Comments (2)
From Wired.com:

On September 5, Saskatchewan fisherman Sean Konrad caught a 48-pound, world-record rainbow trout. The fish came from Lake Diefenbaker, where trout genetically engineered to grow extra-big escaped from a fish farm nine years ago...
Technically known as triploids, they’re designed with three sets of chromosomes, making them sterile and channeling energies normally spent reproducing towards growth.
In 2007, on a message board of the International Game Fish Association, the angling world’s record- and ethics-keeping body, some fishermen argued that triploids were unnatural, as divorced from the sport’s history as Barry Bonds’ home runs were from Hank Aaron’s.
The IGFA refused to make a distinction between natural and GM fish. Neither would they distinguish between species caught in their traditional waters and those introduced into new, growth-friendly environments, such as largemouth bass whose extra-large ancestors were imported from Florida to California in the 1960s.
But to purists, there was a difference between transplantation and outright manufacture.
The Konrad brothers’ response on the message board was curt: “Stop crying and start fishing.”

Big Gary, the Museum's Deputy Curator in Charge of Fish, says: "I'm voting 'cheat' on this one, but it's an interesting debate nonetheless."
Categories: Animals, Sports
Posted by Alex on Mon Sep 21, 2009
Comments (14)
The latest viral video going around is titled "Hot Girl Pulls Off Insane Golf Trick Shot." Is it real? I'm not sure, but I don't see why it couldn't be. The trick doesn't seem that insane to me.

Categories: Sports, Videos
Posted by Alex on Fri Jul 10, 2009
Comments (17)
Two days ago Boing Boing posted about the discovery of a pair of 116-year-old basketball shoes:

The shoes were manufactured by the Colchester Rubber Company which shut down in 1893. Vintage clothing dealer Gary Pifer paid 50 cents for them at an estate sale in Vista, California. From CafeTerra:
"In a instant, I knew this discovery would be re-writing basketball and sneaker history, as these sneakers are 25 years older than the 1917 Converse All-Stars", added Pifer. The Colchester Rubber Co. was located in Colchester, Connecticut and was in business from 1888 to 1893.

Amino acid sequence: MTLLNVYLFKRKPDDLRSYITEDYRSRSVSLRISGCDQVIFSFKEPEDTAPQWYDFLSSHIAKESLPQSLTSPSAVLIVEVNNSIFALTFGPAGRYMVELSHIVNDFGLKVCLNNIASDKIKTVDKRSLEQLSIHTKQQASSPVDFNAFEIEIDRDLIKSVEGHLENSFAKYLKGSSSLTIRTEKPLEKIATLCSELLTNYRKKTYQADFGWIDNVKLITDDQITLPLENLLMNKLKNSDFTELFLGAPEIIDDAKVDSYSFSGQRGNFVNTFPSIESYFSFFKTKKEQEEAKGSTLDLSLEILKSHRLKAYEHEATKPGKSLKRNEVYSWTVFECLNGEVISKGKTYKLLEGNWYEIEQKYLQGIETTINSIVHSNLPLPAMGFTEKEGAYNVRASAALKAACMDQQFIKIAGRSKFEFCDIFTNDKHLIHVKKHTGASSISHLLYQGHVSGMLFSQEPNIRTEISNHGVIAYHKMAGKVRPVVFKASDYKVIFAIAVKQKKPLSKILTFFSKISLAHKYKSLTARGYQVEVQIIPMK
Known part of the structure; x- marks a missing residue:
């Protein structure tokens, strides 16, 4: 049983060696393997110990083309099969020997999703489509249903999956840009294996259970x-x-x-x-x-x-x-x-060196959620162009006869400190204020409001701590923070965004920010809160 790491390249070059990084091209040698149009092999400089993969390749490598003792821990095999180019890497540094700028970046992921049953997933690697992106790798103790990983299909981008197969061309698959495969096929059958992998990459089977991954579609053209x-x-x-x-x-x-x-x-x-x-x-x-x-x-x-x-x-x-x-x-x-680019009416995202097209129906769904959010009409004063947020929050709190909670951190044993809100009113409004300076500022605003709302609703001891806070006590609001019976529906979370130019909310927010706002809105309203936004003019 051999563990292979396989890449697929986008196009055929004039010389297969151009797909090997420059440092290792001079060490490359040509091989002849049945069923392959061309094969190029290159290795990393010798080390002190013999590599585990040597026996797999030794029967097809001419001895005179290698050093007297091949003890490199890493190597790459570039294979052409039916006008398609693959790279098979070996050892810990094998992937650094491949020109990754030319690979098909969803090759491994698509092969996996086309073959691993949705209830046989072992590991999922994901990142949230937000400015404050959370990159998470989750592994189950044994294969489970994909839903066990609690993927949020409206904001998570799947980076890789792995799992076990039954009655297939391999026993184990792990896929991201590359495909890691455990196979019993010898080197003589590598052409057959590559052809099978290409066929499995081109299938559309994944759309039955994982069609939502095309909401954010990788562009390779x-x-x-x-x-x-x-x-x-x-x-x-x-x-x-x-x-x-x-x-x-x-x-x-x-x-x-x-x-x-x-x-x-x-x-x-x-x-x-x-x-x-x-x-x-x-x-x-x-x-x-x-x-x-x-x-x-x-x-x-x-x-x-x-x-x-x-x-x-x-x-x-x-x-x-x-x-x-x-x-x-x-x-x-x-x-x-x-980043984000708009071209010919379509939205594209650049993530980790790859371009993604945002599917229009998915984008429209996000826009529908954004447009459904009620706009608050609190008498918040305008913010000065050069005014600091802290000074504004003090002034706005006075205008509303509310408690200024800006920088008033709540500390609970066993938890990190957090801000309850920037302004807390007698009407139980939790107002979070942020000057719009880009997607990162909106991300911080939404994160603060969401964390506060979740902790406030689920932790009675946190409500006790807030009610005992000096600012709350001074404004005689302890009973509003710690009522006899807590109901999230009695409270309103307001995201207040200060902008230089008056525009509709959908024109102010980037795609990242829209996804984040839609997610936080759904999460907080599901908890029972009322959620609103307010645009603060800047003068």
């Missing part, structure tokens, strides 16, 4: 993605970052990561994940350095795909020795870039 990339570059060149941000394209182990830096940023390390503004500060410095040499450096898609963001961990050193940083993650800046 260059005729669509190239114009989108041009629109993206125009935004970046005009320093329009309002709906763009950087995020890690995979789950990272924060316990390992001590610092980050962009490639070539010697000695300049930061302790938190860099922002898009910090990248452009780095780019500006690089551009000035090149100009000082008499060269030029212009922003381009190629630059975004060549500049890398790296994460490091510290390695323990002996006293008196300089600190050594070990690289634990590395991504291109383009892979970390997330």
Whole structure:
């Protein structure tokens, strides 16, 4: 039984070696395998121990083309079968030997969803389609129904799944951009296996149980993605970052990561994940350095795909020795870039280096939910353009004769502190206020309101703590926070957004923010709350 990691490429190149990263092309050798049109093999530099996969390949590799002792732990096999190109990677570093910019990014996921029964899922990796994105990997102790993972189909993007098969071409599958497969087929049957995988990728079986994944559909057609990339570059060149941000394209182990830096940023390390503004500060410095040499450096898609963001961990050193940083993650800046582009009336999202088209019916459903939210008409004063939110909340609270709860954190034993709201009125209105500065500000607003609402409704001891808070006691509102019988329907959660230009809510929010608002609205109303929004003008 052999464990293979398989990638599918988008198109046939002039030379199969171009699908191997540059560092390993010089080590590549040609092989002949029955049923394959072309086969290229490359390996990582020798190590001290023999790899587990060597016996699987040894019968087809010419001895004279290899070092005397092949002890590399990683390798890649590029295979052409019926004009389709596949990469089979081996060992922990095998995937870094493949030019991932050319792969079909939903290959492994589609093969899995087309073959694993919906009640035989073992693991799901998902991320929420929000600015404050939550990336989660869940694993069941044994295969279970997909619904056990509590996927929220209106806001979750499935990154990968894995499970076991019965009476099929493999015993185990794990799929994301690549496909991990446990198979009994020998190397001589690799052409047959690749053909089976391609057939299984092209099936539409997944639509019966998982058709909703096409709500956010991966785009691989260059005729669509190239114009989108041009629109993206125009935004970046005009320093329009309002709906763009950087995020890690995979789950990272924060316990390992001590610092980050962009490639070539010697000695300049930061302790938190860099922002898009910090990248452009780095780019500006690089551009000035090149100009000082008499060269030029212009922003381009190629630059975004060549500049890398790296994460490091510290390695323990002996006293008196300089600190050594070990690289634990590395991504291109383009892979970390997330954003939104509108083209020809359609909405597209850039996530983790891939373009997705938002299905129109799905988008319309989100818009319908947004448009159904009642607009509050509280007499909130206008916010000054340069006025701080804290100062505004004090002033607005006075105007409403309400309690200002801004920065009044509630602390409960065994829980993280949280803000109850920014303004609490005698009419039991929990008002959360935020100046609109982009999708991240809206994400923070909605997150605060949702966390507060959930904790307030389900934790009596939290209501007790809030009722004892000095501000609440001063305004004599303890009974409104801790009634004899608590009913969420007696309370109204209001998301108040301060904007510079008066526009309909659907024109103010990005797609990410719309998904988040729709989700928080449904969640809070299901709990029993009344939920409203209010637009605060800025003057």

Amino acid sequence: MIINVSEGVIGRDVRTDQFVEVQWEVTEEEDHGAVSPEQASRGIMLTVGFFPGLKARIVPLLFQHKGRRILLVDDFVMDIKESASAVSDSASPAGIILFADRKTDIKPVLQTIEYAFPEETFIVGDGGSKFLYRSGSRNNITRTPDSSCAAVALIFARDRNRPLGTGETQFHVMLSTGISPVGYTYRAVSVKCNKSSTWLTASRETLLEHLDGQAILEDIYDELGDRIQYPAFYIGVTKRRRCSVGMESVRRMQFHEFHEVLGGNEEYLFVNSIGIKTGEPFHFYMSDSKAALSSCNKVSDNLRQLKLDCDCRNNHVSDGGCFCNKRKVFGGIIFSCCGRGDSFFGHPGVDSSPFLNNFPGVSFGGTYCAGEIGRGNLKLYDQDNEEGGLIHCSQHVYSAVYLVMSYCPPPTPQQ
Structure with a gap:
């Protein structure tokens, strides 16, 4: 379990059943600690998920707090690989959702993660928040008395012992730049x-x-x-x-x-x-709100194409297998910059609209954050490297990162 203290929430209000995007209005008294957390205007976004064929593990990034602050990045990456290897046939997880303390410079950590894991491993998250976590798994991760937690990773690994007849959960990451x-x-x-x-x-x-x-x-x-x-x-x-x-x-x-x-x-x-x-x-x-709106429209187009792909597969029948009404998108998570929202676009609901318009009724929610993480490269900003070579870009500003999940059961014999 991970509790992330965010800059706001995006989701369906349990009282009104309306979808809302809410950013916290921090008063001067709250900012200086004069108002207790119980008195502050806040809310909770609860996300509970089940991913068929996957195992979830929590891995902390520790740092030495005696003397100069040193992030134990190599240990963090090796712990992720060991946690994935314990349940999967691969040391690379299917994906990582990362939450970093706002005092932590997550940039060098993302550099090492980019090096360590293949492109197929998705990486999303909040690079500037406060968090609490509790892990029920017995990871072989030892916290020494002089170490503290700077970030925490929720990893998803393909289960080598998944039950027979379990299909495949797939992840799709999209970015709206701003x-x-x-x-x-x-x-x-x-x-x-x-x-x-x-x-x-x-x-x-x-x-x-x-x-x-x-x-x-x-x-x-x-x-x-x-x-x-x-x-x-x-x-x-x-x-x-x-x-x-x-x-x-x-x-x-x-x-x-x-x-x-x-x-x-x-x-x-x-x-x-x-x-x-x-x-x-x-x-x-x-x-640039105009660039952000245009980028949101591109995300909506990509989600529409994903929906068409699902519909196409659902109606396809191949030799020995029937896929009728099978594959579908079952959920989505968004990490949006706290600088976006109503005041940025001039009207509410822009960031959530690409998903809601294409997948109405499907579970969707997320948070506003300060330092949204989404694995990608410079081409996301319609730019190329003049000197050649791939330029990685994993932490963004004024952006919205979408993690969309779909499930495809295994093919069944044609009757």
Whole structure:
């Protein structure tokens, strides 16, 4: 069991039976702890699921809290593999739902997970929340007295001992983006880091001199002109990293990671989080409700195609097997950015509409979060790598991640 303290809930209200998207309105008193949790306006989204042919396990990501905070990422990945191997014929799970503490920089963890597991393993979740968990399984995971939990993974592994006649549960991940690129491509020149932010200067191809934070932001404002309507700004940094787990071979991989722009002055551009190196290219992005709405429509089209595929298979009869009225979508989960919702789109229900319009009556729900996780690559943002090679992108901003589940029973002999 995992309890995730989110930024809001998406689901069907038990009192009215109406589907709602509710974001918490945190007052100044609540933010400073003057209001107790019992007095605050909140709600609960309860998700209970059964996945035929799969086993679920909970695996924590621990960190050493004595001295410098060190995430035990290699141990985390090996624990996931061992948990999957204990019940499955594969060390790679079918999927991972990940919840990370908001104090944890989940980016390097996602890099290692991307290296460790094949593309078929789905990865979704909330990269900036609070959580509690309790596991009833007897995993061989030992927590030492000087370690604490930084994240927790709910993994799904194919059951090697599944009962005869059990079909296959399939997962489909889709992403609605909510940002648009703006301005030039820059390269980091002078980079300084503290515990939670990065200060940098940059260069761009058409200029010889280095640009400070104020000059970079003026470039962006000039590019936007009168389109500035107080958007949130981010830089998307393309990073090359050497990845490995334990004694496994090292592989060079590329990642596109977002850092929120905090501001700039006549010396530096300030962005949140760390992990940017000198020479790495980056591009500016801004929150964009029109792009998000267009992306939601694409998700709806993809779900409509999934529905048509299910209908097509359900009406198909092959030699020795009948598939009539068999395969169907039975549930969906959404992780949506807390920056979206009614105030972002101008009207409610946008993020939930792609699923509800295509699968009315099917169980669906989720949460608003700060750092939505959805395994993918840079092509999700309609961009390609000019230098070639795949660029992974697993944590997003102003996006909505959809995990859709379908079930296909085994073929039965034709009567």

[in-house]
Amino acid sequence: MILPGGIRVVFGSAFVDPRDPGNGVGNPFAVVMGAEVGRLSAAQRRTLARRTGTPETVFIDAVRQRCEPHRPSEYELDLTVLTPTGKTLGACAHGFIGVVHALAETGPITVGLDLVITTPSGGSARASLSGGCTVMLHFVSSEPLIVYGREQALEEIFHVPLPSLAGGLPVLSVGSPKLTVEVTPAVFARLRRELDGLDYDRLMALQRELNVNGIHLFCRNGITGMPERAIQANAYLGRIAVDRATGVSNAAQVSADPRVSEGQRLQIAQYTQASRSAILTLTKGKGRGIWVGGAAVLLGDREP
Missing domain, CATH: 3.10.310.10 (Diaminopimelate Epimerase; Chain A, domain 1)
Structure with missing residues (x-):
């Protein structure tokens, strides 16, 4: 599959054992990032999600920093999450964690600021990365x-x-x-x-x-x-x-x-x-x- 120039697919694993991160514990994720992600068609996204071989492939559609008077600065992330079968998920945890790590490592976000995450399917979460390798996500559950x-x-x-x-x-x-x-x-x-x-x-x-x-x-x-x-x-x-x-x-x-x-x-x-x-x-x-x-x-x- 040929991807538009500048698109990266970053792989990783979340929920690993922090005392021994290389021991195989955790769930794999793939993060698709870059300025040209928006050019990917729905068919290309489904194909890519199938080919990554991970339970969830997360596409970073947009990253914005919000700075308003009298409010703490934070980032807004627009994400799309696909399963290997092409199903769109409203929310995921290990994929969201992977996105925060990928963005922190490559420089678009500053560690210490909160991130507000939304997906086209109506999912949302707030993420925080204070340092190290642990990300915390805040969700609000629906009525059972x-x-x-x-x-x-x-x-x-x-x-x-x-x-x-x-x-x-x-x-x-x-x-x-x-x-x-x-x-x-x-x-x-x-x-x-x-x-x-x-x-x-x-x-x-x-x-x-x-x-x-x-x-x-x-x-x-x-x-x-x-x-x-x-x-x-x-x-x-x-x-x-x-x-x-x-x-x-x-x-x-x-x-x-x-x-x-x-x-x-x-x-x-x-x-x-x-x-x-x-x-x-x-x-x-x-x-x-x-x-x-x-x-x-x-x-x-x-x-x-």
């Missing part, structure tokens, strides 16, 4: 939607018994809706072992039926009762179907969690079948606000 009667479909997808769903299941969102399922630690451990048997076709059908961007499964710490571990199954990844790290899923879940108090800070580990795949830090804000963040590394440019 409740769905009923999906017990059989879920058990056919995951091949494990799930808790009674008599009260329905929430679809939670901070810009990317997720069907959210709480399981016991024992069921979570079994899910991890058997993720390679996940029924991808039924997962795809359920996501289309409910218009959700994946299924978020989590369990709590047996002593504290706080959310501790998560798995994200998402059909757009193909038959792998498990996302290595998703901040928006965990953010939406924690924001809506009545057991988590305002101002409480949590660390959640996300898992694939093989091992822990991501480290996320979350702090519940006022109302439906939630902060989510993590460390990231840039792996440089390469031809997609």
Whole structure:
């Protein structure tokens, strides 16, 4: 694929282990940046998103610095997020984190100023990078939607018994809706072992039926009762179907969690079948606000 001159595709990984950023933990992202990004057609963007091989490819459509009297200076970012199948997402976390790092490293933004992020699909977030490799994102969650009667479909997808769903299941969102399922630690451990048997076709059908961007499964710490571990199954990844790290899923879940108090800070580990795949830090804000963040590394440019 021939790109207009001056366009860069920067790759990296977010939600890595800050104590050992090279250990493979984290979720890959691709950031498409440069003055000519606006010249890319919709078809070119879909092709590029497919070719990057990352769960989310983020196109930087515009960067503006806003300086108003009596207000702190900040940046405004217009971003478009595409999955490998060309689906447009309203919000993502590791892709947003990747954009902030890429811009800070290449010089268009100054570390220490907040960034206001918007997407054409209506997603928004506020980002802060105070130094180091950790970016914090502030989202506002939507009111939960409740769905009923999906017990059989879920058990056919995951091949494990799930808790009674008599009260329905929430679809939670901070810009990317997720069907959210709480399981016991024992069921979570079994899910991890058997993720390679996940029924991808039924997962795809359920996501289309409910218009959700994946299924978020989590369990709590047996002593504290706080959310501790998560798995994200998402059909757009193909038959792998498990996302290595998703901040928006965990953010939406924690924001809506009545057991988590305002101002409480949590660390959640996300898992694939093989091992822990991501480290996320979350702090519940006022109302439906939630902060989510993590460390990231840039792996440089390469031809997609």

People leaving comments quickly pointed out that the story was almost certainly fake, since basketball was only invented in 1891, and it's unlikely that a) a shoe would have been made for the sport one year later, and b) that the shoe would survive in near-perfect condtion.

It turns out that the story is a marketing gimmick (hoax) to sell retro basketball sneakers. I'm not sure how long this 116-year-old basketball shoe story has been circulating around, but I don't think it's recent.
Categories: Fashion, Sports
Posted by Alex on Mon Jul 06, 2009
Comments (6)
The latest viral hoax photos circulating online claim to show shots of the Panama Women's Cricket Team. It doesn't take a degree in Photoshop to realize these women's buttocks have been digitally altered.

Fool Blogger has tracked down what appears to be one of the unaltered originals.

The Fakes:


The Real One:


What I don't know is whether this actually is the Panama Women's Cricket Team. A google search for "Panama Women's Cricket Team" simply brings up these photos.
Categories: Body Manipulation, Photos/Videos, Sports
Posted by Alex on Fri May 15, 2009
Comments (28)
Too close to the real thing. Yachting Monthly reports that the April Fool it inserted into its current issue ruffled a few feathers:

In our bid to insert some authentication into the prank about children competing in world sailing stunts we used the fictitious name: Ocean Youth Association. We did not foresee that by Googling this name - which according to Caroline White of the Ocean Youth Trust many people did - her own organisation and that of the Association of Sail Training Organisations came up. Both these organisations were then contacted by folks seeking clarification.

Unfortunately, they don't seem to have the April Fool itself on their site.
Categories: April Fools Day, Sports
Posted by Alex on Mon Mar 16, 2009
Comments (0)
If memory serves (and it might not), there was once a discussion on the site about the maximum height a person could jump without a running start. Cody Ransom of the Yankees has to be in the upper percentile of the jumping range. Apparently this video is not doctored in any way.

Categories: Sports, Videos
Posted by Alex on Mon Mar 16, 2009
Comments (10)
A couple of people emailed me about this, though I think it's more a case of miscommunication rather than a deliberate hoax.

A little over a week ago the media reported that 56-year-old Jennifer Figge had become the first woman to swim the Atlantic. But then people started to do the math, and realized that if she had really swum 2100 in 25 days, then she had performed a superhuman feat.

Two days later the AP published a retraction, quoting Figge's spokesman who stated she swam only 250 miles, not 2100. Which is why it seems more like a case of miscommunication to me. Figge didn't appear to go out of her way to promote the claim she had swum the Atlantic.

To find a real long-distance swimming hoax, you need to go back to 1927 when Dorothy Cochrane Lange claimed to have swum the English Channel, but a few days later admitted she had only swum the first and last mile. Her motive, she said, was to prove how easy it was to pull off such a hoax.
Categories: Sports
Posted by Alex on Tue Feb 17, 2009
Comments (4)